CD Review

Tracks 1 through 4 performed by Megumi Shibata, track 5 performed by Jenny Q. Chai 

Here is some cool piano music for you to listen to: Five Easy Pieces by composer Michael Vincent Waller, written in 2012 and 2013.  The individual pieces each have their own distinct character, while their shared ethereality links them together nicely as a whole for the album. There are shades of Impressionism and minimalism, and thereby of gamelan music; “Ninna Nanna” in particular exhibits the cyclical, surreal merry-go-round vibe of gamelan.

“Per Terry e Morty II” makes skillful use of the Phrygian dominant scale. I know I’m always harping on about Morton Feldman on this blog, but there is definitely a link between his and Waller’s music, in the sense that it uses small, slowly-morphing patterns to sort of suspend the sense of time moving forward. The performances by Shibata and Chai are sensitive and compelling, and the production of the album does justice to the delicate sound decay of the sustain pedal.   

Be sure to check out the album on Bandcamp or iTunes.


(Bridge 9420)

I was recently the lucky winner of a Morton Feldman-related Twitter quiz given by Merkin Concert Hall, which has made me the proud owner of Aleck Karis’ 2013 Bridge Records release, Aleck Karis: Weber, Wolpe & Feldman. File this under unexpected-perk-of-being-a-Feldman-scholar.

As is evident by his pithy CD liner notes, Karis understands the inner workings of these pieces, and this knowledge clearly informs his performance here. Careful attention is given in each piece to texture and contour, arguably the most salient features of this style of music.

The quality of the recording strikes a nice middle-ground between dry and reverberant, a notable achievement considering the overall quiet dynamics of the pieces, and the use of the sostenuto pedal; the decay is fast enough for each delicate note to be heard clearly, without the piano sounding dry as a bone.

Form (1959) by Stefan Wolpe. Like the Webern later in the recording, Form is, as Karis puts it in his notes, “tightly constructed,” a twelve-tone piece that takes pleasure in the refulgence of the piano.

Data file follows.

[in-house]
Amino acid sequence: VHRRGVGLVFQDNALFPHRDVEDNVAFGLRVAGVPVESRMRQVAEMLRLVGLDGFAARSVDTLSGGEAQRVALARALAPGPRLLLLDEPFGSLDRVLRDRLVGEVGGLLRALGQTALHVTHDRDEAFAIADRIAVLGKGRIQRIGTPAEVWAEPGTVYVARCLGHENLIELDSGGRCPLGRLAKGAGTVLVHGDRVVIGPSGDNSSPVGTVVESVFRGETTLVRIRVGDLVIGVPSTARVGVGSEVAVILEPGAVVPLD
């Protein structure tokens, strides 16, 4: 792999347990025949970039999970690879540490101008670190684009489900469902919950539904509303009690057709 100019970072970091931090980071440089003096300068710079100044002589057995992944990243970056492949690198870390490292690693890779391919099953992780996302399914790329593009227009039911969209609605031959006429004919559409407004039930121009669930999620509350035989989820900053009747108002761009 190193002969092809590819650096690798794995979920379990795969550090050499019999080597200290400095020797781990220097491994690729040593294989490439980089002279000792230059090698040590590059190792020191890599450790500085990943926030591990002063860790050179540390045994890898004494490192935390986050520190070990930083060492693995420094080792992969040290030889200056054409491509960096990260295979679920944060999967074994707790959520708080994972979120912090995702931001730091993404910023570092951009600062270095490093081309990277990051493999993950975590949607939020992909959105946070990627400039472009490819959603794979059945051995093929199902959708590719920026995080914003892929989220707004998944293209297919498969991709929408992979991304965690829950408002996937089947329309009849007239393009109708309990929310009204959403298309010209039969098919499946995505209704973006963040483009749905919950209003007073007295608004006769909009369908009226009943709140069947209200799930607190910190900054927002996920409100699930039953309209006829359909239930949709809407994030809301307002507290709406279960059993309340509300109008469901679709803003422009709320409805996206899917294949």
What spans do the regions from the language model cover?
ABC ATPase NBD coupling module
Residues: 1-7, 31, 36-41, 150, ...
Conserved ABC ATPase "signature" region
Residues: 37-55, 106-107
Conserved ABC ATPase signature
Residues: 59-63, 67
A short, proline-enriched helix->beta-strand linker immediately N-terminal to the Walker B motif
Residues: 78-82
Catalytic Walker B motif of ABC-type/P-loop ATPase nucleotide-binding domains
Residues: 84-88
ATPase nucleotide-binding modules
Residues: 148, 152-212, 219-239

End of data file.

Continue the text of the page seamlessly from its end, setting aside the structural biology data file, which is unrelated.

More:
Piano (1977) by Morton Feldman. His first piece for solo piano since embarking on his late style, which first began manifesting itself in the early 70s, Feldman uses a little chordal variation device in Piano that I particularly enjoy, called “crossover revoicing” by Paul Kopstick Ames. A simple example: in the right hand is the chord F#4-A4 and G5, and directly following it is the chord G4 and F#5-A5—same notes, but their registral placement has been swapped.

Form IV: Broken Sequences (1969) by Stefan Wolpe. Karis draws the connection between Wolpe and the jazz scene of his time, and this piece really does sound like bebop, giving the appearance of chaos while still within the walls of predetermined musical constructs.

Variations, op. 27 (1936) by Anton Webern. As Karis points out, Webern’s influence reached both Wolpe (Webern’s student) and Feldman (Wolpe’s student). What I’ve always appreciated about Webern’s music is how laconic it is, using a concise amount of material to express something larger than itself. I hear this particularly in Feldman’s music, the use of concise material spread over long spans of time (both of the Feldman pieces on this recording are over 20 minutes long), which leads me to—

Palais de Mari (1986) by Morton Feldman. Palais for me is a beautiful example of Feldman’s late style, in that it defies a close listening, lulling the listener into a sort of trance. It’s the magic of pieces like this and the second String Quartet that Feldman somehow suspends the forward motion of time, leaving you with a sense of pure aural pattern; it’s almost a negation of teleology, defying the idea of a Designer (though we know from Feldman’s sketches that he was a meticulous Designer). Karis does a lovely job playing the piece skillfully and unobtrusively, being faithful to the music both in its technical execution and its intended effect.

Many thanks to Karis, Bridge Records, and Merkin.